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Deutsche Bank will impose a fine of € 8.7m for fraudulent security

Deutsche Bank has been fined by Germany’s finance minister for failing to implement pricing measures, a hit by the country’s largest lender, who is trying to get out of Libor’s crisis.

BaFin noted that Deutsche Bank has not always been “secure, transparent and pragmatic” to ensure the “integrity and reliability” of Euribor-related data, a euro-like currency for Libor. The supervisor paid a fine of € 8.7m.

The move comes less than seven years after Deutsche Bank was forced to pay $ 2.5bn in damages to US and UK officials after a number of employees agreed to overthrow Libor, prices that support billions of dollars in loans and exits. .

The bank, which had the right to appeal, said it accepted the fine to make a “final guarantee”.

The penalty is the first of its kind to be imposed by BaFin in connection with the laws imposed on Libor’s waste products that are designed to save money. It is also the second fine for directors, after a € 40m fine for anti-theft activities offered to Deutsche Bank in 2015.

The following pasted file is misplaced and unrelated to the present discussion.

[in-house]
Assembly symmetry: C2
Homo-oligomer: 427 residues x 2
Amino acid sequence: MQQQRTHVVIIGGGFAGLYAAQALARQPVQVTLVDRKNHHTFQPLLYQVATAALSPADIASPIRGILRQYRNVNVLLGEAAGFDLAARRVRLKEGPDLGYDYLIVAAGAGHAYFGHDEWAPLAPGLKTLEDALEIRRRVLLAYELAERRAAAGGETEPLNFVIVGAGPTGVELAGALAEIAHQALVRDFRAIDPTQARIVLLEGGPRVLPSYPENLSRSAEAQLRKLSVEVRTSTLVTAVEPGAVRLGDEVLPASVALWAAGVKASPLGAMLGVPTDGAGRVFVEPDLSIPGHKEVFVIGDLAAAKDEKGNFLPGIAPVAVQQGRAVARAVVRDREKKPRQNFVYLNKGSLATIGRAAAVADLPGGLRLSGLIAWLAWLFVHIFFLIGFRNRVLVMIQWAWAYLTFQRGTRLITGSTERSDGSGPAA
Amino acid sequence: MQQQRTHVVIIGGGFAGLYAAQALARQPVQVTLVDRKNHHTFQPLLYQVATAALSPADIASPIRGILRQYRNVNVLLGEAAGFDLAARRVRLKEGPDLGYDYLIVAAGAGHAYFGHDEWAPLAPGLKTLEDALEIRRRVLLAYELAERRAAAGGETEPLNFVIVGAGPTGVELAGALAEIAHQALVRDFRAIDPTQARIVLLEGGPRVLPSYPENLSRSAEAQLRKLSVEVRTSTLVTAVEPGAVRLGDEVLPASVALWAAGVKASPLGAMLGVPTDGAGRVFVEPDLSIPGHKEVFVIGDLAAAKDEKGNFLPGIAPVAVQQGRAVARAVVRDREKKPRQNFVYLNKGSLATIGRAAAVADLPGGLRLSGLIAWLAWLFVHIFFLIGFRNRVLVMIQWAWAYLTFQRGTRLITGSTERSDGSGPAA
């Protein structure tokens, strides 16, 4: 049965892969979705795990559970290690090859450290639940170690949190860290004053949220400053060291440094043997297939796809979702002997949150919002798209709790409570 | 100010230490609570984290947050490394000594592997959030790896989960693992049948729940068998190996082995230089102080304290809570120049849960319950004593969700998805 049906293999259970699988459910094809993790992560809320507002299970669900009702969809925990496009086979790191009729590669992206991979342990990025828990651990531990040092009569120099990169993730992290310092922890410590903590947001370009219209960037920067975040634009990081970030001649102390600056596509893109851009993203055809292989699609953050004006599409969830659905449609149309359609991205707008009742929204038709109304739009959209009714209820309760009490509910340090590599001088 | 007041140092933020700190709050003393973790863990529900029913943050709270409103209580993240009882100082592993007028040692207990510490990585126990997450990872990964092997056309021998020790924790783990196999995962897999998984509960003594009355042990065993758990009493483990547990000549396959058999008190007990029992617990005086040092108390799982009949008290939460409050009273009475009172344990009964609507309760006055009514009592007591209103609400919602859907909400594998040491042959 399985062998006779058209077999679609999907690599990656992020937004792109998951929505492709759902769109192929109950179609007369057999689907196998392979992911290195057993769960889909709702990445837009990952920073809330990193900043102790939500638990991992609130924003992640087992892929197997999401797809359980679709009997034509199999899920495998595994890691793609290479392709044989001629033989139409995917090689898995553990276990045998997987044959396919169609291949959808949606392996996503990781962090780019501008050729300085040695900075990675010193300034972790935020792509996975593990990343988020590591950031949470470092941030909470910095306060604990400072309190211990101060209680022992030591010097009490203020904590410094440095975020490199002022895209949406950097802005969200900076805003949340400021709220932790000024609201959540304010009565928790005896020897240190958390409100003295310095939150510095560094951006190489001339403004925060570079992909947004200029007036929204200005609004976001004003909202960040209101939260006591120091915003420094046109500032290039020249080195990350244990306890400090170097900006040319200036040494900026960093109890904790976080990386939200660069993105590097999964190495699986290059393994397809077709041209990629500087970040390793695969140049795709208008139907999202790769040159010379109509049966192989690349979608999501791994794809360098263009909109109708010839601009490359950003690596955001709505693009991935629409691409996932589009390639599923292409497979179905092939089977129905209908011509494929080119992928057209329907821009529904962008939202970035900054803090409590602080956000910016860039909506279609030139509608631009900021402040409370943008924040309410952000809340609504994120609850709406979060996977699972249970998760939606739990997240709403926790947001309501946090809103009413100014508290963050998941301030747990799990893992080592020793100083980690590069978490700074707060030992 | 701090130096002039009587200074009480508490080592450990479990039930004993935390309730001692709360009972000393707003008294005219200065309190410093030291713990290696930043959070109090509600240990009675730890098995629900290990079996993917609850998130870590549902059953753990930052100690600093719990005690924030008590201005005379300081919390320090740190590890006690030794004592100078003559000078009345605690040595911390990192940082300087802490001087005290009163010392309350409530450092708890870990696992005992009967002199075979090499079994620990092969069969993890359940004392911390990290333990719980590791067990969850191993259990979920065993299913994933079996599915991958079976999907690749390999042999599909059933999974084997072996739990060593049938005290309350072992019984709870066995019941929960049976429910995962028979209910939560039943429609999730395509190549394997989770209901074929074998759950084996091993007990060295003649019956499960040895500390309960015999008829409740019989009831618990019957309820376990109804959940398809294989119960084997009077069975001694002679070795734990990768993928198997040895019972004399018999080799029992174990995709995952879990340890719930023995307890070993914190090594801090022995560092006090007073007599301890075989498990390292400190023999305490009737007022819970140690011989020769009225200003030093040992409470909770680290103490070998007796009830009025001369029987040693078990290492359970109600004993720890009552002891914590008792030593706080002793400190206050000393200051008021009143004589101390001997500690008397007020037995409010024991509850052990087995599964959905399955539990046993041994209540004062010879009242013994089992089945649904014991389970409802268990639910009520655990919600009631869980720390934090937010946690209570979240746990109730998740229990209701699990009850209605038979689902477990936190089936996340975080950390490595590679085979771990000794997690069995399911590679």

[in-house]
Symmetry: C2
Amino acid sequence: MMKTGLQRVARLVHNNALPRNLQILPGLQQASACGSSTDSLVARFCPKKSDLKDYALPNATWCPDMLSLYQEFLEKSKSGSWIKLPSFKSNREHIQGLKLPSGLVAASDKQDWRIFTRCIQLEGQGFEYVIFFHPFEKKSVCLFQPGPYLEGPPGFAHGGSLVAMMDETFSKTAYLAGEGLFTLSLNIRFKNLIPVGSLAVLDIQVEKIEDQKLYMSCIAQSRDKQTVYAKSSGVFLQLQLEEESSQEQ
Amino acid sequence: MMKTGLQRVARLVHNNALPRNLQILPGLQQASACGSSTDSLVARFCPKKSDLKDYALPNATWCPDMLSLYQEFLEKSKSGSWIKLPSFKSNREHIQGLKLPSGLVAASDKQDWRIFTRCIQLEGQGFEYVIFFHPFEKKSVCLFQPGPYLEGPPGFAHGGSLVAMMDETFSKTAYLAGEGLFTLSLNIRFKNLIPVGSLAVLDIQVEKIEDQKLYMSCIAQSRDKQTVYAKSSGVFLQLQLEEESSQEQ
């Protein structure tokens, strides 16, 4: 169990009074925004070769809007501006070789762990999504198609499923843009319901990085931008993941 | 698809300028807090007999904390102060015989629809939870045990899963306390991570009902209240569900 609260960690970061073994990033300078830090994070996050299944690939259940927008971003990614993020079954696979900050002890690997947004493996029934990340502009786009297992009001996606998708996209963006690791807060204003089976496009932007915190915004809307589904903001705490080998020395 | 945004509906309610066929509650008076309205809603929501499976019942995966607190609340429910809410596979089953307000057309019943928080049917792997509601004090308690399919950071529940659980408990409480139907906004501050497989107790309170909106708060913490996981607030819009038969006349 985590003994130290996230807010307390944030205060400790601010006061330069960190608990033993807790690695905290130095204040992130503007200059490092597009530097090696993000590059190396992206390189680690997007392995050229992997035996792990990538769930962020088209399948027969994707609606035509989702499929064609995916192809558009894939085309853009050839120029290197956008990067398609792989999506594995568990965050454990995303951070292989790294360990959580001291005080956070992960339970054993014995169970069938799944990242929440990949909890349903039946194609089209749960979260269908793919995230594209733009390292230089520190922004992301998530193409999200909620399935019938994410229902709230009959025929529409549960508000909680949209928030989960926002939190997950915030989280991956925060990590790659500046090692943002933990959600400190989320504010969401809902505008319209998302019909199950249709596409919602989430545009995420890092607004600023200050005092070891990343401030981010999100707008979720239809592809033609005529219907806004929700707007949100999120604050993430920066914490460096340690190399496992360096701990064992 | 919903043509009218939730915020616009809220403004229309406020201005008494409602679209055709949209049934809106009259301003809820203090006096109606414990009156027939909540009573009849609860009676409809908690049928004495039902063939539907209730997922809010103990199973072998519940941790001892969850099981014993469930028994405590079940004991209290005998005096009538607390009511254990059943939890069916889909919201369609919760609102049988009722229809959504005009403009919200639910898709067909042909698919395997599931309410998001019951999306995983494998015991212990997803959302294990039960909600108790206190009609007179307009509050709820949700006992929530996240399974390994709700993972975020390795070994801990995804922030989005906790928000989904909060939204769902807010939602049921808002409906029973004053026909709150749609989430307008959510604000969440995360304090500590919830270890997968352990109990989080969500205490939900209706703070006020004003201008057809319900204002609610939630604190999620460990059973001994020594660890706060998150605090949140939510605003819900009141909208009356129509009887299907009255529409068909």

The initial penalty that BaFin originally demanded was significantly higher than the amount he announced, according to two people who are familiar with the matter.

A Deutsche Bank spokesman confirmed that BaFin had taken action after investigating the bank’s internal transfer of Euribor data. The surveyed issues related to the period between 2019 and 2020, a person familiar with the matter said.

But a spokesman added: “Deutsche Bank has no indication that the fine has led to a misdemeanor to the benchmark manager,” and said the lender had already begun to strengthen its internal system.

The defects were first discovered by foreign investigators and then deposited in a bank account, according to people familiar with the matter.

BaFin, who has been criticized for overseeing Wirecard and Greensill Bank, has been forced to impose strict financial rules on Germany. The new president Mark Branson, who was hired by Swiss regulator Finma, took office this year.

In October, the regulator took a surprising step in reducing the expansion plans for the Berlin fintech N26, citing concerns for early management that are growing rapidly.

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